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Cheaper Online Hearing Tests Sound Great, But Not Worth Cost

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Hearing aids aren't cheap. If you buy a high-quality hearing aid from an audiologist, by the time all is said and done it will probably run you well over $2,000 — nearly double that if you need aids for both ears.

So what would you say if you could buy hearing aids for a fraction of that — between $650 and $950 — from a company affiliated with a nationally known health insurer, and do it all online, including your hearing test? That's what Minnesota-based UnitedHealthcare (UHC) is now offering through its business affiliate, hi HealthInnovations. As of October 2011, consumers can go to the company's website (hihealthinnovations.com), take an online hearing test, and order their hearing aids for less than $950. If they choose to sign up for UHC's Medicare Advantage plan, the aids might even be free or virtually so.

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Photo: Lisa F. Young / Fotolia
Minnesota-based UnitedHealthcare is now offering online hearing tests and hearing aids for less than $950, but numerous health groups have spoken out against the new program, arguing that patients need to have their hearing inspected by professionals.

Sounds great, right? There's just one problem: Virtually every organization involved in hearing health thinks it's a bad idea. Organizations that have spoken out against the new program include the Academy of Doctors of Audiology, the American Academy of Audiology, the International Hearing Society and several state organizations for speech, language and hearing. Even the Minnesota Department of Health took action, warning consumers in a release that, "Before hearing aids can be sold to consumers, (state and federal) laws require practitioners to ... visually inspect the consumer's ears and ear canal."

That's just one of the problems, says Gregory Frazer, owner of California-based Pacific Hearing Inc. and director of audiology at Pacific Eye & Ear Specialists who has written to UHC with a litany of concerns about the new plan.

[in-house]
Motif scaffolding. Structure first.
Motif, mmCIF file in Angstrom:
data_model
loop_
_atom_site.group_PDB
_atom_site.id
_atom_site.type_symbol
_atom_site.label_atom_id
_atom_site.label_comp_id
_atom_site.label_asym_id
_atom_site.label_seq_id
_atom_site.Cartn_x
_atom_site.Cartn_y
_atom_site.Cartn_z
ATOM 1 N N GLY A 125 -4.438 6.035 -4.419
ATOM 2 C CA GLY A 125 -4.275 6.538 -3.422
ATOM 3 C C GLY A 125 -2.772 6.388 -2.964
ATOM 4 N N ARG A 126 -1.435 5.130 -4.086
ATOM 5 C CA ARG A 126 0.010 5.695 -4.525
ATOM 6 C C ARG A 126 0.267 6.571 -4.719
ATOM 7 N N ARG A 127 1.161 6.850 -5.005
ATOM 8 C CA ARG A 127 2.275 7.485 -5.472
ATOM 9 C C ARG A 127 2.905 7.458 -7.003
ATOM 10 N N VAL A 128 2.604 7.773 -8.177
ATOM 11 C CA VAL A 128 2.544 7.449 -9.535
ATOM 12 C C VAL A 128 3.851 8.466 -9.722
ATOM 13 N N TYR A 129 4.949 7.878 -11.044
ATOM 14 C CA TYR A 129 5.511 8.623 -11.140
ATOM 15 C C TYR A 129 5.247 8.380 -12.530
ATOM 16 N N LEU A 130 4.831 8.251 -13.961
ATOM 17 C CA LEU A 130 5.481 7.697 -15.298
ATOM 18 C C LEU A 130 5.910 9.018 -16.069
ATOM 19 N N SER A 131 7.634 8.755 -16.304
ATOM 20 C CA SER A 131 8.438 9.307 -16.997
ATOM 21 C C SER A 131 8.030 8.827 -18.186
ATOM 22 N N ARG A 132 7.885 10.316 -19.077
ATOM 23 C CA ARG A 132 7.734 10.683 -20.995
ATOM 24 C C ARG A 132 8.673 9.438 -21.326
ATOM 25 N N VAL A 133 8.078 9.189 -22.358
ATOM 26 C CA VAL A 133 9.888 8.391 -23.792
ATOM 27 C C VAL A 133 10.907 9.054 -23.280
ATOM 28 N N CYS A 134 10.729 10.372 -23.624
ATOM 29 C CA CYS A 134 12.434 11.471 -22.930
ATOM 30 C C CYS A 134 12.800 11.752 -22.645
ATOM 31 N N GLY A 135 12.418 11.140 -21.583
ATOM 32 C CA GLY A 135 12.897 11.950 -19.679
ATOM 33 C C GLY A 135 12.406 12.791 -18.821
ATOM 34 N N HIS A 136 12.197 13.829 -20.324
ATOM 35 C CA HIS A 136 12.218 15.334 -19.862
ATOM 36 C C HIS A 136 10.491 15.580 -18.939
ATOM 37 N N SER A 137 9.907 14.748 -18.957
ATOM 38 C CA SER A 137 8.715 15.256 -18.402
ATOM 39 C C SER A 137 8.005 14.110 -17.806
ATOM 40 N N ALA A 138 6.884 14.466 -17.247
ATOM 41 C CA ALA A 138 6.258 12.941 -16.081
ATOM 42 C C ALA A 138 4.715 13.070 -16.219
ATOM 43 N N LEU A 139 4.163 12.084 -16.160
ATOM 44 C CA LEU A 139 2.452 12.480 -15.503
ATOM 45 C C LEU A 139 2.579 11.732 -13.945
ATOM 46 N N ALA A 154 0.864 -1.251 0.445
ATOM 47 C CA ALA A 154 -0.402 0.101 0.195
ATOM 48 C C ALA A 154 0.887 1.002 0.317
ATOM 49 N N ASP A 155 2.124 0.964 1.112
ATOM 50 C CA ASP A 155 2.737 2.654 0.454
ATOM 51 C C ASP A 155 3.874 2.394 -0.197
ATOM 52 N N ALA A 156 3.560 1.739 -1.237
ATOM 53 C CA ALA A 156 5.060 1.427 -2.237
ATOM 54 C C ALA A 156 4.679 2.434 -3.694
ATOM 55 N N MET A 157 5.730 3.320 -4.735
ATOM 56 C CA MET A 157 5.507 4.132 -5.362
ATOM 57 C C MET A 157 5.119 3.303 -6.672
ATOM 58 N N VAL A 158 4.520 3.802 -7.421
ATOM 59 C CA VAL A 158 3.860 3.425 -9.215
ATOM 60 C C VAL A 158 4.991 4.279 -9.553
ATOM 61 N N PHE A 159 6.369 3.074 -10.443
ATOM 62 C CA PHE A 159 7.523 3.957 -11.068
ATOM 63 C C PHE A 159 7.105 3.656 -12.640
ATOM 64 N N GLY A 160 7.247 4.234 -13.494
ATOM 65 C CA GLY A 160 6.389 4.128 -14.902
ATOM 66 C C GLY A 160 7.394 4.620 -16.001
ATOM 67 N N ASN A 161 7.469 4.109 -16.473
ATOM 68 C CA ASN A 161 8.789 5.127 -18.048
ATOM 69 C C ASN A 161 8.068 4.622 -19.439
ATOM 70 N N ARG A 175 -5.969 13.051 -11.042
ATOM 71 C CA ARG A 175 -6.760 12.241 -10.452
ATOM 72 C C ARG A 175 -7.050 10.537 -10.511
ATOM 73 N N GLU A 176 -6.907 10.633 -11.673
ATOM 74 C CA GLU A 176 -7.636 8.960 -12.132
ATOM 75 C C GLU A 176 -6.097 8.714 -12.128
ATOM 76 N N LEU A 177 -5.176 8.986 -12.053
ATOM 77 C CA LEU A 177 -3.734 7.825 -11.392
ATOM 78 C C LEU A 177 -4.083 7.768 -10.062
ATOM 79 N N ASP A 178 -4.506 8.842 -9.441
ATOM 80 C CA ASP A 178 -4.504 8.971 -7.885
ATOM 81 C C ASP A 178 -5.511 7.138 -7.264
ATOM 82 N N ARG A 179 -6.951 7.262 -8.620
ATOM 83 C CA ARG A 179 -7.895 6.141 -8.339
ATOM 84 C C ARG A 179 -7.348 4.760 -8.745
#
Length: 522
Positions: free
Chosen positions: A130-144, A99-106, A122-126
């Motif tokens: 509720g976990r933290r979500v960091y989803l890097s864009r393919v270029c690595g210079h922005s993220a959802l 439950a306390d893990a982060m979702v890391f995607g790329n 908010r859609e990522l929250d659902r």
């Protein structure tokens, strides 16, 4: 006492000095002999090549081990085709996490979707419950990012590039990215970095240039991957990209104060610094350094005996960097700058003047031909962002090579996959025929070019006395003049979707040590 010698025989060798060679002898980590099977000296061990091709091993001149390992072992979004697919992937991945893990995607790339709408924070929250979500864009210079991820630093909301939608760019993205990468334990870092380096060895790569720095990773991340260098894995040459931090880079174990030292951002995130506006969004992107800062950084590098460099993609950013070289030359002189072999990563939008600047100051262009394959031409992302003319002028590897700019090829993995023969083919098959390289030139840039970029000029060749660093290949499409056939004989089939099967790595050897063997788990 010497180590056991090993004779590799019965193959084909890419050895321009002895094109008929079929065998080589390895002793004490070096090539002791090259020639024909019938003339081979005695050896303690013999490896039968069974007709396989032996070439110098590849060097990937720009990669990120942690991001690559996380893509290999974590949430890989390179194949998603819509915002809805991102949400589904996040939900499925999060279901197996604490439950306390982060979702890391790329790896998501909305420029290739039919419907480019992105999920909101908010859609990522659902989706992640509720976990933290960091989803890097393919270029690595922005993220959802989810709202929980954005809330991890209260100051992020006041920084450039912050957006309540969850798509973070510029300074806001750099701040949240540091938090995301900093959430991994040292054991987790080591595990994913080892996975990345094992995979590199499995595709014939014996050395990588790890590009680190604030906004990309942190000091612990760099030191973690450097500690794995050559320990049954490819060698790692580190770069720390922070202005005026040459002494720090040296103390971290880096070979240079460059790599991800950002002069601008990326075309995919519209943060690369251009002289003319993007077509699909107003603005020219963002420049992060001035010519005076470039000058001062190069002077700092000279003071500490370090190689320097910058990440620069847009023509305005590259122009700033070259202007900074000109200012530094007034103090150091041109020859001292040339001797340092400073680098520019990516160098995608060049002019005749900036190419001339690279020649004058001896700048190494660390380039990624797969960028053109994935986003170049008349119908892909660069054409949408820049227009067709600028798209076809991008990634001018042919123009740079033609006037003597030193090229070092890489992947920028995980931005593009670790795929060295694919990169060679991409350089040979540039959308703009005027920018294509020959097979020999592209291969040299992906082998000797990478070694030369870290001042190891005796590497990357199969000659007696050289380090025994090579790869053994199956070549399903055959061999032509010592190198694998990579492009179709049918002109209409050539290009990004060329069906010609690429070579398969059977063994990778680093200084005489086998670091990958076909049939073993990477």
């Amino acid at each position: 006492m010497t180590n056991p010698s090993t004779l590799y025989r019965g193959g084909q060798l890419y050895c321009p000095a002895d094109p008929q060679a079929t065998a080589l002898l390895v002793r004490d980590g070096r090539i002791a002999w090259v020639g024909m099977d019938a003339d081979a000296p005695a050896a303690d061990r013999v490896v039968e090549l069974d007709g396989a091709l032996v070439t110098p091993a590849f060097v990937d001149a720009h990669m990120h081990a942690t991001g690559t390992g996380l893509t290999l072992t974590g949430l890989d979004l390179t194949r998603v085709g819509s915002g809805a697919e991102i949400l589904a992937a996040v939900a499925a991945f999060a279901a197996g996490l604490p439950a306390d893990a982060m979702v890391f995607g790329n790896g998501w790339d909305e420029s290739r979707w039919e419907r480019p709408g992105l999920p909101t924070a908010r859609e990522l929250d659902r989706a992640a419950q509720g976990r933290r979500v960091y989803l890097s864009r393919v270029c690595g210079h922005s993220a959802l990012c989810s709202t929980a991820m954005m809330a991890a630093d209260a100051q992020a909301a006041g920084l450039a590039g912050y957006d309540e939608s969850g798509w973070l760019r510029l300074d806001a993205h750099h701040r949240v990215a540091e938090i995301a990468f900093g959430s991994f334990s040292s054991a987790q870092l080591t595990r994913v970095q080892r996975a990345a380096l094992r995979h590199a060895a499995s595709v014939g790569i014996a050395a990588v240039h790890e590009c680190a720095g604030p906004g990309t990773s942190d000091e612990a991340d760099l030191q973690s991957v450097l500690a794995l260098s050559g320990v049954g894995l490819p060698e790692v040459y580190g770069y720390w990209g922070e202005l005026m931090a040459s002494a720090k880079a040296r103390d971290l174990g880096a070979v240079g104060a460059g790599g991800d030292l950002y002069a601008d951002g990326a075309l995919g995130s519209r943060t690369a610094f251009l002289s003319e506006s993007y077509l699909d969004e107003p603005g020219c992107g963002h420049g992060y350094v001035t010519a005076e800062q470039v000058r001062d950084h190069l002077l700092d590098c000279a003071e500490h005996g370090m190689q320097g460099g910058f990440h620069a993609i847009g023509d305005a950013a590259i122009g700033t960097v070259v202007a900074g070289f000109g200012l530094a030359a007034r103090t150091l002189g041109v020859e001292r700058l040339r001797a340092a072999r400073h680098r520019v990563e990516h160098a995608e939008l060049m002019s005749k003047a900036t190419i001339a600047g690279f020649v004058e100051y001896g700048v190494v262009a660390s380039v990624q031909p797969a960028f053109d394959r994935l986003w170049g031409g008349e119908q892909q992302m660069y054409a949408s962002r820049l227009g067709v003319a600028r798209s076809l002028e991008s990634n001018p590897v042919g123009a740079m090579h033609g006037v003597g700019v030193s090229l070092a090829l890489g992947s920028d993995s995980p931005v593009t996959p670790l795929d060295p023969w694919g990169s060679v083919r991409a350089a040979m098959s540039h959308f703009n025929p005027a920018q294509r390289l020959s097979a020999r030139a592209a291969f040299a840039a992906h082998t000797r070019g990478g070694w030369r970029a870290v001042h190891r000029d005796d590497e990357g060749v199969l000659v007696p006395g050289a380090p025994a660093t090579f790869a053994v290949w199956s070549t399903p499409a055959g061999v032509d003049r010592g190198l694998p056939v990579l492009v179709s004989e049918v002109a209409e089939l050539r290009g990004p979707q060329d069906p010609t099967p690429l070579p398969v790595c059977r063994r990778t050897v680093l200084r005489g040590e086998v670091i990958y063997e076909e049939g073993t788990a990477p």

"First of all, no one is looking in the person's ear to see if they have earwax," he pointed out. Earwax? You bet. About one-third of people with hearing loss may just have a massive buildup of wax, called cerumen, in their ears. If you don't get the wax out, a hearing aid isn't going to help much.

"People doing a hearing test online also don't have the benefit of a professional consultation to pick up pathological problems that may be related to the hearing loss," Frazer added. "Our ear mirrors our health, and between 5 percent and 10 percent of people with hearing loss are going to have a condition that requires some type of medical or surgical treatment." But if you're doing an online hearing test, nobody is examining you to see if you have other symptoms that might point to underlying medical problems.

And how accurate is that online hearing test? Not very, say many professionals. Most audiologists will test your hearing in a specially designed sound room, and they will test more than just the "pure tone" thresholds that the hi HealthInnovations test uses. Even though the online program recommends taking the test in a quiet place, many people can't really create a soundproof environment in their home. (When I tried to take the test, jets from a nearby airport were zooming overhead.) Some people have taken the test twice, both passing and deliberately failing, and in both cases hearing aids were recommended.

There's also a question as to whether or not the practice is even legal. The International Hearing Society has requested a meeting with the Food and Drug Administration about hi HealthInnovations because the sale of hearing aids is federally regulated. The Medical Devices Act requires that a seller will not sell a hearing aid unless the prospective user has presented a written statement signed by a licensed physician (preferably one who specializes in diseases of the ear) within the last six months. Some companies skirt this requirement by marketing their products as "personal sound amplification devices," which are not aimed at treating hearing loss. But the Hearing Industries Association (HIA) believes that by utilizing a hearing test — and then presenting consumers with results that suggest specific devices for varying levels of hearing loss — the hi HealthInnovations program steps over the line.

"In our view, this isn't just an implied claim, but an out-and-out statement that these products are intended to compensate for impaired hearing," said Carole Rogin, executive director of HIA.

Whether or not the FDA shuts down hi HealthInnovations (we were unable to get a comment from the company), it's important that people who have hearing problems get accurate and complete care. Obviously, everybody's dealing with a difficult economy and the lure of a good product at a cheaper price is difficult to resist. But is it really so cheap? It's unlikely that the hearing aid you bought online is going to be professionally fitted for you, or come with a warranty, or with someone who will teach you how to insert the aid in your ear properly or change the batteries. These things are often more complicated than they sound. Frazer says that a good third of his patients have trouble changing batteries in their hearing aids even with assistance from his office.

So before you consider buying a hearing aid online, ask yourself: Am I trying to get a bargain on a hearing aid, or am I trying to hear better?


About the Author

Gina Shaw is the medical writer for The Washington Diplomat.

Last Edited on June 12, 2014